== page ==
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Asia stocks edge higher, oil races to the moon -Breaking

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© Reuters. An information board displays stock data at a Beijing brokerage office on January 2, 2020. REUTERS/Jason Lee

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Wayne Cole

SYDNEY – Asian shares rose after reassuring statements from the Federal Reserve helped Wall Street rally. But, oil prices and resources have spiralled ever higher due to the war in Ukraine. This is a bad sign for global inflation.

Western countries tightened sanctions against Russia after Ukraine’s second-largest city, Kharkiv was subject to heavy bombardment. Hundreds of countries also referred Moscow for investigation into possible war crimes.

Capital Economics’ Thomas Mathews said that investors seem to have discounted a higher chance of “stagflation lite”, which means sanctions could lead to more inflation in the developed world and less economic growth.

MSCI’s Asia-Pacific broadest index, which excludes Japan, climbed 0.4% to move away from its 15-month-low. The rush to commodity boosted resource-rich Australia by 0.9%.

Stock futures fell a little overnight while Nasdaq futures were up 0.2%

European shares were also granted a reprieve from the selling process, but JPMorgan (NYSE) analysts had a harsh warning for clients.

They wrote that investors should consider reducing their exposure to the Euro zone in the currency as well as the equity because of its vulnerability to further escalation.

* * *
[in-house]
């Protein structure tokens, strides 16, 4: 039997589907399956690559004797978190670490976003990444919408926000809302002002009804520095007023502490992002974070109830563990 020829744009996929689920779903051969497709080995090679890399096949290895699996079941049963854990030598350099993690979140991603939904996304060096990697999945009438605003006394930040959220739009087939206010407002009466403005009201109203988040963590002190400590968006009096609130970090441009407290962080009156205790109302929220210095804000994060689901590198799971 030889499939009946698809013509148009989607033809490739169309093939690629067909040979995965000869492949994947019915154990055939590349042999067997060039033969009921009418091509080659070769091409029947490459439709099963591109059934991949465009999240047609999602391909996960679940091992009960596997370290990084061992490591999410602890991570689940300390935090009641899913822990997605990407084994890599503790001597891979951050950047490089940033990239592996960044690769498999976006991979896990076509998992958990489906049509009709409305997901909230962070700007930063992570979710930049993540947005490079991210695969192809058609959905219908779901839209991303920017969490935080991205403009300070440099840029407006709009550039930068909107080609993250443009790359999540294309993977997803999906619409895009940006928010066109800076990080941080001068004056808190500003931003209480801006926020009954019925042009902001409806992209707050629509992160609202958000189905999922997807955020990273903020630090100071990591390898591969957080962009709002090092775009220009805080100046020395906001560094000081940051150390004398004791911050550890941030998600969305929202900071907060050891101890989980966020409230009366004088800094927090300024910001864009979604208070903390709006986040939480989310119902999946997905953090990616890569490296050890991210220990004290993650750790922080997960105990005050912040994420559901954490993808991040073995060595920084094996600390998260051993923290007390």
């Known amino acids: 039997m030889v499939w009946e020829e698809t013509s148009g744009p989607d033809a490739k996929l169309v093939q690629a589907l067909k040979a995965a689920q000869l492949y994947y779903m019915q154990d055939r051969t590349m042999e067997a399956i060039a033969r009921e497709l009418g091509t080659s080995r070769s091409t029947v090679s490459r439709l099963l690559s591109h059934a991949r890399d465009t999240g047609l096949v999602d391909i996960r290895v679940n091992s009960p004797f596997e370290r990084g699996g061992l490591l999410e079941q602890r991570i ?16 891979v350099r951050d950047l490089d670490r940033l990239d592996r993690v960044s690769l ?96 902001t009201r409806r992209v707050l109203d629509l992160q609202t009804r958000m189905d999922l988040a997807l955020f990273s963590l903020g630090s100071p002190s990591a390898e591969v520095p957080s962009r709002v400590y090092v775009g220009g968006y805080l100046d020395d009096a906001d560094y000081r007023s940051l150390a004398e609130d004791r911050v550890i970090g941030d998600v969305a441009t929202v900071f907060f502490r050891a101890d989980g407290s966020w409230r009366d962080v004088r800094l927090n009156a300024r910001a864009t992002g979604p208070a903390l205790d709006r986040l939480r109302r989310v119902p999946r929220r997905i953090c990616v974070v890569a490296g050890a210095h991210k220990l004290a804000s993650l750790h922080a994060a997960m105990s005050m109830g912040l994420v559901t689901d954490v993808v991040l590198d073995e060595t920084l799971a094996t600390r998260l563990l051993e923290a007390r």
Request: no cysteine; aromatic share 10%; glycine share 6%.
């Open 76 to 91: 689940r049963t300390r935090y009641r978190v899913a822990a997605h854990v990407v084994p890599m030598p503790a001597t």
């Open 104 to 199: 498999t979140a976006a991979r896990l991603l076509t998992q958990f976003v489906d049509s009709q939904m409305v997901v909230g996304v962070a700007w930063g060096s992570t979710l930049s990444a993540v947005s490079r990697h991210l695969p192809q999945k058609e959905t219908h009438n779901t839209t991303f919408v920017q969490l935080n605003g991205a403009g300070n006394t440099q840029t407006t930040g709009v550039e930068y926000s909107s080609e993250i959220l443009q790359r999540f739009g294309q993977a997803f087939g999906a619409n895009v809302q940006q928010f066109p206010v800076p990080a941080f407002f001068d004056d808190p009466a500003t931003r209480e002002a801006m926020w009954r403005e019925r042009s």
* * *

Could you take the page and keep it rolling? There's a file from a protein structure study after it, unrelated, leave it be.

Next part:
They added that they had revised their commodity price projections by 10-20% across the board in light of the ongoing geopolitical crises. One silver lining to the story is the fact that the Fed was forced to revise its commodity price forecasts 10-20% higher by the market. We continue to expect a moderate hike.

Jerome Powell, Fed Chair, stated Wednesday that rates will likely rise by 25 basis points in March. The outlook is “highly uncertain” due to the conflict in Ukraine.

Futures responded by pricing out the possibility of a half point hike in March.

Powell warned that the Fed may need to raise its rates more frequently if inflation continues rising. The Fed had to take some safe-haven energy out of Treasuries. Ten-year yields went back up to 1.878% after Tuesday’s 2-month low of 1.682%.

European bonds lost some of the recent gains they had made after euro zone data showed that inflation rose to a record 5.8% in January. This makes it more difficult for ECB policymakers to be loose.

The Bank of Canada was concerned about inflation when it initiated a tightening cycle Wednesday by raising the rate to 0.5% with a quarter point.

This move, combined with strong oil prices, helped lift the Canadian dollar up to $1.2625 for five weeks. The Australian dollar reached a peak of six weeks, benefitting other commodity-linked currencies.

At $1.1112, the euro continued to be defensive after having made a 22-month high overnight at $1.1056. As Japan is an important importer of resources and energy, the dollar saw a slight increase in 115.53 Japanese yen.

It reached its peak at 97.377 in June 2020. Last time it was at 97.377.

Due to the safe-haven demand, gold was steady at $1.929 an ounce. [GOL/]

On the assumption that oil will be in short supply for many months due to sanctions against Moscow and major corporations divesting from Russian oil assets, oil prices soared above $110 per barrel. [O/R]

Another 36 cents rose to $110.96/barrel, but had yet to trade after a surge of 9% overnight to $114.54

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